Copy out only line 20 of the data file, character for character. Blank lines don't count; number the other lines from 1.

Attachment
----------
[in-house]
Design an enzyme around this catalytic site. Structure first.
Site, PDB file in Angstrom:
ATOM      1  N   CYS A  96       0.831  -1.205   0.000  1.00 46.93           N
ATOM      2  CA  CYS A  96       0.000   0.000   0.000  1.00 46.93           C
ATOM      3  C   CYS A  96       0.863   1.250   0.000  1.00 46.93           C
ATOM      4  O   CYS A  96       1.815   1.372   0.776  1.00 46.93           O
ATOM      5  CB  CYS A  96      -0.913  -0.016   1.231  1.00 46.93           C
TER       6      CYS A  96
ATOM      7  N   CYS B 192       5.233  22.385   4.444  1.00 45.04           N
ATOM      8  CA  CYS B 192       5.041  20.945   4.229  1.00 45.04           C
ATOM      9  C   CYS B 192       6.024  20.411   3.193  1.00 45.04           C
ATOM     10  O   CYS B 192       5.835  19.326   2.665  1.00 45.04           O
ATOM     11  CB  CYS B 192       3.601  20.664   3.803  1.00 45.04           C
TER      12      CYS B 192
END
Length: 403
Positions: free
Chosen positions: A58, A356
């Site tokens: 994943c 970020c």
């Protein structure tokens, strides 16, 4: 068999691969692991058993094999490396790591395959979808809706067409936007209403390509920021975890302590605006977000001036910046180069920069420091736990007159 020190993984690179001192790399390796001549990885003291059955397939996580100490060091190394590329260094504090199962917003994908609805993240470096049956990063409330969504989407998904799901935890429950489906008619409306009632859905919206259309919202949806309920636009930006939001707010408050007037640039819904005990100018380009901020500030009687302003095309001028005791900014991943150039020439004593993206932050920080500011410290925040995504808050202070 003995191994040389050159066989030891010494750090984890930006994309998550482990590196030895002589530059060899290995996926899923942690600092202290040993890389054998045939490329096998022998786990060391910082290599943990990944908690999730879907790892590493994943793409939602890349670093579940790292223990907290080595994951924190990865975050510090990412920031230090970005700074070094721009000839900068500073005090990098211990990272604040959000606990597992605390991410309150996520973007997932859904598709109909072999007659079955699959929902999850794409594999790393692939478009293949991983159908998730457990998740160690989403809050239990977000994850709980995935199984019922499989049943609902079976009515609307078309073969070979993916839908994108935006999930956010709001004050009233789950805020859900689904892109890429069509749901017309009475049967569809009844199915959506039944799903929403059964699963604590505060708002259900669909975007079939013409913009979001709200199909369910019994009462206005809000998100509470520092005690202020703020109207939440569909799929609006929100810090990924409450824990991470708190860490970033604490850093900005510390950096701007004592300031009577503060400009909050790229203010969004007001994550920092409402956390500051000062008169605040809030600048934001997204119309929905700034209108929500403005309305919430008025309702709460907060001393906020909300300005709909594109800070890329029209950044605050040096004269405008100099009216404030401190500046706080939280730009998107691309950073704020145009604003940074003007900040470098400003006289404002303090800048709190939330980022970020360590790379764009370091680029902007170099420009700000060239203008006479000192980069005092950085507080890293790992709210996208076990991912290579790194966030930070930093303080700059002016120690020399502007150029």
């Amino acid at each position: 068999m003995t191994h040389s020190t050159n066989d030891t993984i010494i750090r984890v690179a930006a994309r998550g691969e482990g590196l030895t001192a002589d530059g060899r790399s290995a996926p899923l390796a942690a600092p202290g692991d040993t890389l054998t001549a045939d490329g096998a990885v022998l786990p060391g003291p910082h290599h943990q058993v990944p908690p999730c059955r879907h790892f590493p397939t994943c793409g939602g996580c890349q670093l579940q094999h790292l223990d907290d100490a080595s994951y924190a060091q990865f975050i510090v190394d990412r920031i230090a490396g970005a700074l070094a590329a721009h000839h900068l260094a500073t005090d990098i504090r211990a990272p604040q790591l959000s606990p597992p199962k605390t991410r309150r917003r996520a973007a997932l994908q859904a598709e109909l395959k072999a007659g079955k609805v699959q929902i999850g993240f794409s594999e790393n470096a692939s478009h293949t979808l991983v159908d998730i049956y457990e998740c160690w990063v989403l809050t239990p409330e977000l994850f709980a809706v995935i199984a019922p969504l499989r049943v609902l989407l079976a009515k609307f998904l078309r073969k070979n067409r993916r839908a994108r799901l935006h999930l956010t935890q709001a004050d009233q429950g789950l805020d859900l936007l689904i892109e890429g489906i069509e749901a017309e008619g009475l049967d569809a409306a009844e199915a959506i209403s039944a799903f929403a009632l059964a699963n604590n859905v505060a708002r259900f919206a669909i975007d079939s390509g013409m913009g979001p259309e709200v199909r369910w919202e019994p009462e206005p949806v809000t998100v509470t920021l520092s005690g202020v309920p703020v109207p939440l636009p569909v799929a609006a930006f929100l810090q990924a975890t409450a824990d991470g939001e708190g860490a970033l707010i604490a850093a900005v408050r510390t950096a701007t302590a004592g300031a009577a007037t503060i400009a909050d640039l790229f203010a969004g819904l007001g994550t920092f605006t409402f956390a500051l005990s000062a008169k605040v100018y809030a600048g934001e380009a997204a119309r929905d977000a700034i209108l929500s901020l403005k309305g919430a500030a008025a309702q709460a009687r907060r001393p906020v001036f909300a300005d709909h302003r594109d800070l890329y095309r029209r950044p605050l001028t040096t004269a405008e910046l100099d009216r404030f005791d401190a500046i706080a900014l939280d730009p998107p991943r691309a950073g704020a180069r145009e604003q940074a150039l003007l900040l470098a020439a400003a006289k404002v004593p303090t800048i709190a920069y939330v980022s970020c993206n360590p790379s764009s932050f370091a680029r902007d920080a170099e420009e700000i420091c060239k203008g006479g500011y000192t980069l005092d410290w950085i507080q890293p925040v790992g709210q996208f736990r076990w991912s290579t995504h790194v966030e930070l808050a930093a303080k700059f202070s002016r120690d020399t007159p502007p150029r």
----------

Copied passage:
């Site tokens: 994943c 970020c």